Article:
Thursday, April 9, 2009

More Irvine Welsh

I finished reading Irvine Welsh's Filth today. It was a bit of a different tale than Trainspotting and Porno. Instead of junkies, criminals, or pornographers, the book follows a police man, Detective Bruce Robertson.

Now, you would think that, "Great, he's got a positive lead character this time," but oh, no. Welsh gives us the most corrupt cop in the Edinburgh police force. Bruce is divorced, addicted to cocaine, a sexual pervert, and up for promotion. Oh, and early on, he eats an underdone meat pie that leaves him with a tapeworm that learns about him as it eats away on the inside of him. Only in Welsh...

As disgusting as the worm is, it makes for an interesting character. It is sentient, though realistically focused on eating, but the way it makes it's thoughts read is a curious device. It's hard to explain, but it's words appear over Bruce's. Bruce eventually discovers the worm's presence, and tries to rid himself of it, or them, rather, as the worm has multiplied. Because the worm has begun to depend on this companionship, it becomes spiteful to Bruce, and digs up his worst memories to feed back to him.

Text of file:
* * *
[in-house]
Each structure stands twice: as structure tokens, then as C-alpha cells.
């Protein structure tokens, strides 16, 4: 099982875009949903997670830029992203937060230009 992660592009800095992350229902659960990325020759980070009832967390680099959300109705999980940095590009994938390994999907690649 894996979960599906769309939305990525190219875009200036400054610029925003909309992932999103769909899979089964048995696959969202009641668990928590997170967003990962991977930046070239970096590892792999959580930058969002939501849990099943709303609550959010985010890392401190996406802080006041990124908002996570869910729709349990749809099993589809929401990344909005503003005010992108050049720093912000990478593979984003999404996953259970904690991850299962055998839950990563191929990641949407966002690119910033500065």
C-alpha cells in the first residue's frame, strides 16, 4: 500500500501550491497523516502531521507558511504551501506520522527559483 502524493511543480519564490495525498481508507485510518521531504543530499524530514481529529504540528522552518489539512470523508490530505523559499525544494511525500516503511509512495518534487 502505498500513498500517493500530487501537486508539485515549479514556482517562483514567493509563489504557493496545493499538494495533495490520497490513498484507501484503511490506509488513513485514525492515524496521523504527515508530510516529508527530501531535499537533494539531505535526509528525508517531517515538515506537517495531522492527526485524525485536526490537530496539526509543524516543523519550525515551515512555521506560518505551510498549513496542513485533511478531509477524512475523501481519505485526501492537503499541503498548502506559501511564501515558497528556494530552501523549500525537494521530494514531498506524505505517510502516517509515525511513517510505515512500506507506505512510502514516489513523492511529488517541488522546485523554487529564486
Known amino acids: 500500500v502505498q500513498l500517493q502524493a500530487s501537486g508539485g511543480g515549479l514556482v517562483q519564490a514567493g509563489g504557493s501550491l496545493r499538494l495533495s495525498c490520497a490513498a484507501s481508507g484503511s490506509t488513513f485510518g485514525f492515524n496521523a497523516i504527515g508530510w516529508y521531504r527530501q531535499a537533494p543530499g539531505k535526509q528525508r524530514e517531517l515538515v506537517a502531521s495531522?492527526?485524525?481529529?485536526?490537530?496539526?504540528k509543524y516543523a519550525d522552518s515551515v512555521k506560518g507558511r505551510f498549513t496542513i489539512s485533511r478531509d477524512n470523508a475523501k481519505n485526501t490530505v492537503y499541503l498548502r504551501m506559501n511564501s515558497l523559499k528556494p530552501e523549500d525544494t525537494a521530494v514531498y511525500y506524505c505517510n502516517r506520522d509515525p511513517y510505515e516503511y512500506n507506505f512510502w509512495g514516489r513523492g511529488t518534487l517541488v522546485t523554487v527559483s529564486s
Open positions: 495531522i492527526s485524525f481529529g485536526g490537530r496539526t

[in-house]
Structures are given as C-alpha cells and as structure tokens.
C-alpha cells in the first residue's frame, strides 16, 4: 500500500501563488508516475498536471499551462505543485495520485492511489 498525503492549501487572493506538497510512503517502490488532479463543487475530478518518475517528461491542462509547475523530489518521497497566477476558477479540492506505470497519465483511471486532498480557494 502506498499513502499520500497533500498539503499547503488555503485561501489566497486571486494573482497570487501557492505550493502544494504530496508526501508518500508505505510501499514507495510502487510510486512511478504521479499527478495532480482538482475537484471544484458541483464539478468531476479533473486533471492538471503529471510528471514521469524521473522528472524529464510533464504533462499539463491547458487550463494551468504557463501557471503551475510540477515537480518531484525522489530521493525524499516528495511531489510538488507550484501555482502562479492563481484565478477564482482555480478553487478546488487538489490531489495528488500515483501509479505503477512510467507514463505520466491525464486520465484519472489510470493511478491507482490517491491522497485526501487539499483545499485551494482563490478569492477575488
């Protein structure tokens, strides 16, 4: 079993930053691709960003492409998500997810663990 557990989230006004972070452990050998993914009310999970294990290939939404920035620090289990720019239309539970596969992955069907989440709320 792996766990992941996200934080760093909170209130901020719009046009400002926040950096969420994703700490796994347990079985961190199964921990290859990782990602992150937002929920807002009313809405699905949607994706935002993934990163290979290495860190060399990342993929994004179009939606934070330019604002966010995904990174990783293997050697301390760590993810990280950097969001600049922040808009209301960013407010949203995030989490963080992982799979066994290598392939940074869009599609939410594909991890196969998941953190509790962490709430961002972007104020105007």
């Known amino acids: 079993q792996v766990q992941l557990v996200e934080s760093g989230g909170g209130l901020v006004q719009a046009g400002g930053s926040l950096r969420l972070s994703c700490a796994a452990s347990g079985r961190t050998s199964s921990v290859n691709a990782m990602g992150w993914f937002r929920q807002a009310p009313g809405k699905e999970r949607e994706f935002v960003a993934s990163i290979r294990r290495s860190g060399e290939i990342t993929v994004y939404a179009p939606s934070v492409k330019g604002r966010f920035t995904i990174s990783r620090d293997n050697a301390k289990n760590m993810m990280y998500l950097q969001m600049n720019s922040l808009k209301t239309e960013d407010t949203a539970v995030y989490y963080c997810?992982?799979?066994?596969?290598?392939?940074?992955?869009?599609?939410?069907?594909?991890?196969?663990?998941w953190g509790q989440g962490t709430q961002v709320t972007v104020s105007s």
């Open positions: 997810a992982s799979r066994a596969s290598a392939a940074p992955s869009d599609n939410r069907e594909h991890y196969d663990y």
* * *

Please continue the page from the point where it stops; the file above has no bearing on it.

As for Bruce, he schemes for the upcoming promotion to Inspector, including ruining any chances his fellow detectives have. Bruce finds faults in all of them, forgetting that worse faults lie within himself. This occurs many times in the book: Bruce feels the faults of others somehow justify his own.

Some of most fun I had while reading this book was the reactions from co-workers to it.

"Filth? What is that? Some kind of porno book?"
"A corrupt cop? Does he like nasty, wild, freaky sex?" (My answer, "Yes, actually.")
"Where do you find these books?"

And the oddest I got today as I was reading at a bus stop, some weird tattooed guy passed, glanced, and murmured, "What book is that oh that book I read that book it's a good book."

... Okay ...

1 comment:

alancook said...

One of my friends is 48 yrs old.
A burnt out Ex-cop in Glasgow's East Side.
I loaned him this book a few years ago.
He read it in one sitting and said Irvine Welsh must have been a cop because he had a sick maniac of a partner just like the character Bruce.
He also said that (And I agree)huge portions of the book accurately portrayed parts of The Scottish Police force in the late 80's & early 90's.
The dialogue is spot on.
Cops around here still behave like that to this day.
Then, he gave me the book back and said he could never read it again.